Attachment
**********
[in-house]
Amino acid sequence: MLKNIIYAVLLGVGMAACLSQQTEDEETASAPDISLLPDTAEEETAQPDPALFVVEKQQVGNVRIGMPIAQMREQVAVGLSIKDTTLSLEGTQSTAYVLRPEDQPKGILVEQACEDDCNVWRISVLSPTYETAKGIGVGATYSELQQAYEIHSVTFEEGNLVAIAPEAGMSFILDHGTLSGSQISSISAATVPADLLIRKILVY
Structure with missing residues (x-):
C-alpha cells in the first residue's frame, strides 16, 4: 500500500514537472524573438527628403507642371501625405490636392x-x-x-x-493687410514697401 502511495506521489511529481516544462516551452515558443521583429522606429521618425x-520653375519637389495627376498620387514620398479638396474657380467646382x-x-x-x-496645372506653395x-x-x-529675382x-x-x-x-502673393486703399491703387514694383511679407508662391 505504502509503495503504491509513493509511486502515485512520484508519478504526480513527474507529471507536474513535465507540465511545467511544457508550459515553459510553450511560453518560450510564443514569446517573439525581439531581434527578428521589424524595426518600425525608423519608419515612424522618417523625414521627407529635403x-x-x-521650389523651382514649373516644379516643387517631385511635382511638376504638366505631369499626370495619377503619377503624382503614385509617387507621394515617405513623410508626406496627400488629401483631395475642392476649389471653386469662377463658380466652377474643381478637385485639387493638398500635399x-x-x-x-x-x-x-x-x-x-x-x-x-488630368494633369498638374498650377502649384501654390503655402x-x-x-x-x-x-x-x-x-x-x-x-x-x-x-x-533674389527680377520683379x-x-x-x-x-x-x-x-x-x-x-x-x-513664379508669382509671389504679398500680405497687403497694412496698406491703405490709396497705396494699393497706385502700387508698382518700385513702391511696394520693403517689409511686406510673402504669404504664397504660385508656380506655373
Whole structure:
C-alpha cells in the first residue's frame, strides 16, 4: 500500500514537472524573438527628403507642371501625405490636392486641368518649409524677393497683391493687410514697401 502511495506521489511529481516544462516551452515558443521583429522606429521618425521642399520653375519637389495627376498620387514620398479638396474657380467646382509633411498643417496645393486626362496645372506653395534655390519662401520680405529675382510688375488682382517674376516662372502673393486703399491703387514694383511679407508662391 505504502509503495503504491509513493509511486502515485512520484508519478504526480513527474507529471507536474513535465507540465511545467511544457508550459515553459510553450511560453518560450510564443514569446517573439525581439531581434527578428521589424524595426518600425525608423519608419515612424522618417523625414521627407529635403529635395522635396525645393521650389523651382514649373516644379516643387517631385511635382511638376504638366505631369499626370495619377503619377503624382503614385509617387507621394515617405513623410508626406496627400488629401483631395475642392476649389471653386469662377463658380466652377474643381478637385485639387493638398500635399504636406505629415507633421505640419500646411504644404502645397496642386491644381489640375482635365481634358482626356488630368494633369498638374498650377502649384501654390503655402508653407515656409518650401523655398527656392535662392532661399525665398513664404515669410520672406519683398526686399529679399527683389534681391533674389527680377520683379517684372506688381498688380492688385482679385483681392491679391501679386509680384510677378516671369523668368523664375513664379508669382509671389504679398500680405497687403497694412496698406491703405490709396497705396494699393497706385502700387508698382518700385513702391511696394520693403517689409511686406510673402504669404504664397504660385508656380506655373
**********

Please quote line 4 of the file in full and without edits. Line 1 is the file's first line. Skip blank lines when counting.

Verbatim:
C-alpha cells in the first residue's frame, strides 16, 4: 500500500514537472524573438527628403507642371501625405490636392x-x-x-x-493687410514697401 502511495506521489511529481516544462516551452515558443521583429522606429521618425x-520653375519637389495627376498620387514620398479638396474657380467646382x-x-x-x-496645372506653395x-x-x-529675382x-x-x-x-502673393486703399491703387514694383511679407508662391 505504502509503495503504491509513493509511486502515485512520484508519478504526480513527474507529471507536474513535465507540465511545467511544457508550459515553459510553450511560453518560450510564443514569446517573439525581439531581434527578428521589424524595426518600425525608423519608419515612424522618417523625414521627407529635403x-x-x-521650389523651382514649373516644379516643387517631385511635382511638376504638366505631369499626370495619377503619377503624382503614385509617387507621394515617405513623410508626406496627400488629401483631395475642392476649389471653386469662377463658380466652377474643381478637385485639387493638398500635399x-x-x-x-x-x-x-x-x-x-x-x-x-488630368494633369498638374498650377502649384501654390503655402x-x-x-x-x-x-x-x-x-x-x-x-x-x-x-x-533674389527680377520683379x-x-x-x-x-x-x-x-x-x-x-x-x-513664379508669382509671389504679398500680405497687403497694412496698406491703405490709396497705396494699393497706385502700387508698382518700385513702391511696394520693403517689409511686406510673402504669404504664397504660385508656380506655373